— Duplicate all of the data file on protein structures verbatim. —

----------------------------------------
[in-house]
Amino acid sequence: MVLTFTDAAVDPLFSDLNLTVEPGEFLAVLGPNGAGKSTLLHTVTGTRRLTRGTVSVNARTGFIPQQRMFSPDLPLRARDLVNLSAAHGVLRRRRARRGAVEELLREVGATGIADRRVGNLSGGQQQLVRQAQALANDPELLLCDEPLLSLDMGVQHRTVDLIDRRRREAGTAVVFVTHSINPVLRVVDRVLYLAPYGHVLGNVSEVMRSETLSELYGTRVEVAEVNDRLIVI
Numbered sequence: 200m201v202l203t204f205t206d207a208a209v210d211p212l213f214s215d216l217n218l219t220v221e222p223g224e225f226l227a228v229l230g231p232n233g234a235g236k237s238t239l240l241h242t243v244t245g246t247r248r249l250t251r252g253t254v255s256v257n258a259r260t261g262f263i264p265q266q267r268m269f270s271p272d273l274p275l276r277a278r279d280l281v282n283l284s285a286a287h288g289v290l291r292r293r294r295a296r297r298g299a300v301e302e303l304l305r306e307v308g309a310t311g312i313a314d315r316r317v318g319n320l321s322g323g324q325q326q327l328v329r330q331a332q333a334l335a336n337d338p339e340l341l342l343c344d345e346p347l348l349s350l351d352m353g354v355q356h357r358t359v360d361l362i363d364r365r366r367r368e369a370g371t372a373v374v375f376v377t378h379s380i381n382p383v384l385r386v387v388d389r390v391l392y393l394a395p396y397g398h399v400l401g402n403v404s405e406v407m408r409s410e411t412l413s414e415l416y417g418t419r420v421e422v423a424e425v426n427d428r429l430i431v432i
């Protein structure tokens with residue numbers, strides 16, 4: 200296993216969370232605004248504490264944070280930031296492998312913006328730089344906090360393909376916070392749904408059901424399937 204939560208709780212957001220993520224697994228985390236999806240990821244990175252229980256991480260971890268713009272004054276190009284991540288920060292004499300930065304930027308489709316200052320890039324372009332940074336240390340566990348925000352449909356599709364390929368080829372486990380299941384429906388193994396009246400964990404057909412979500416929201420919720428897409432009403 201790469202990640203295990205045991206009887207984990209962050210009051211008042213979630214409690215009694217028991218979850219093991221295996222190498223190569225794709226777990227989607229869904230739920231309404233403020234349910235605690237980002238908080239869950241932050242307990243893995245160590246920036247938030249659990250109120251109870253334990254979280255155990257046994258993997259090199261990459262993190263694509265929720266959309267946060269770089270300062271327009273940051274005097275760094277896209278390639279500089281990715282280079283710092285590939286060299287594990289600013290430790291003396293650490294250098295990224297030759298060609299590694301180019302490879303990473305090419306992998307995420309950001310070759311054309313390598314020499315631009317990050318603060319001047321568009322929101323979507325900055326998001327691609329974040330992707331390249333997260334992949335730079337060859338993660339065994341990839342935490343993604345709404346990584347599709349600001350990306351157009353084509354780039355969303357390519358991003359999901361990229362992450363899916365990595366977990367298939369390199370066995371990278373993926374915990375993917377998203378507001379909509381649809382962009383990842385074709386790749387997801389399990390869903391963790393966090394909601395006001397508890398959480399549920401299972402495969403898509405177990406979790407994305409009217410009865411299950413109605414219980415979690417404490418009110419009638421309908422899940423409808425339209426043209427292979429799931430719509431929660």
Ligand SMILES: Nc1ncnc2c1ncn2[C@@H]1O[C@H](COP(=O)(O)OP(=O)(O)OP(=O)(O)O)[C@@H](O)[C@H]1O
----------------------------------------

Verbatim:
[in-house]
Amino acid sequence: MVLTFTDAAVDPLFSDLNLTVEPGEFLAVLGPNGAGKSTLLHTVTGTRRLTRGTVSVNARTGFIPQQRMFSPDLPLRARDLVNLSAAHGVLRRRRARRGAVEELLREVGATGIADRRVGNLSGGQQQLVRQAQALANDPELLLCDEPLLSLDMGVQHRTVDLIDRRRREAGTAVVFVTHSINPVLRVVDRVLYLAPYGHVLGNVSEVMRSETLSELYGTRVEVAEVNDRLIVI
Numbered sequence: 200m201v202l203t204f205t206d207a208a209v210d211p212l213f214s215d216l217n218l219t220v221e222p223g224e225f226l227a228v229l230g231p232n233g234a235g236k237s238t239l240l241h242t243v244t245g246t247r248r249l250t251r252g253t254v255s256v257n258a259r260t261g262f263i264p265q266q267r268m269f270s271p272d273l274p275l276r277a278r279d280l281v282n283l284s285a286a287h288g289v290l291r292r293r294r295a296r297r298g299a300v301e302e303l304l305r306e307v308g309a310t311g312i313a314d315r316r317v318g319n320l321s322g323g324q325q326q327l328v329r330q331a332q333a334l335a336n337d338p339e340l341l342l343c344d345e346p347l348l349s350l351d352m353g354v355q356h357r358t359v360d361l362i363d364r365r366r367r368e369a370g371t372a373v374v375f376v377t378h379s380i381n382p383v384l385r386v387v388d389r390v391l392y393l394a395p396y397g398h399v400l401g402n403v404s405e406v407m408r409s410e411t412l413s414e415l416y417g418t419r420v421e422v423a424e425v426n427d428r429l430i431v432i
């Protein structure tokens with residue numbers, strides 16, 4: 200296993216969370232605004248504490264944070280930031296492998312913006328730089344906090360393909376916070392749904408059901424399937 204939560208709780212957001220993520224697994228985390236999806240990821244990175252229980256991480260971890268713009272004054276190009284991540288920060292004499300930065304930027308489709316200052320890039324372009332940074336240390340566990348925000352449909356599709364390929368080829372486990380299941384429906388193994396009246400964990404057909412979500416929201420919720428897409432009403 201790469202990640203295990205045991206009887207984990209962050210009051211008042213979630214409690215009694217028991218979850219093991221295996222190498223190569225794709226777990227989607229869904230739920231309404233403020234349910235605690237980002238908080239869950241932050242307990243893995245160590246920036247938030249659990250109120251109870253334990254979280255155990257046994258993997259090199261990459262993190263694509265929720266959309267946060269770089270300062271327009273940051274005097275760094277896209278390639279500089281990715282280079283710092285590939286060299287594990289600013290430790291003396293650490294250098295990224297030759298060609299590694301180019302490879303990473305090419306992998307995420309950001310070759311054309313390598314020499315631009317990050318603060319001047321568009322929101323979507325900055326998001327691609329974040330992707331390249333997260334992949335730079337060859338993660339065994341990839342935490343993604345709404346990584347599709349600001350990306351157009353084509354780039355969303357390519358991003359999901361990229362992450363899916365990595366977990367298939369390199370066995371990278373993926374915990375993917377998203378507001379909509381649809382962009383990842385074709386790749387997801389399990390869903391963790393966090394909601395006001397508890398959480399549920401299972402495969403898509405177990406979790407994305409009217410009865411299950413109605414219980415979690417404490418009110419009638421309908422899940423409808425339209426043209427292979429799931430719509431929660």
Ligand SMILES: Nc1ncnc2c1ncn2[C@@H]1O[C@H](COP(=O)(O)OP(=O)(O)OP(=O)(O)O)[C@@H](O)[C@H]1O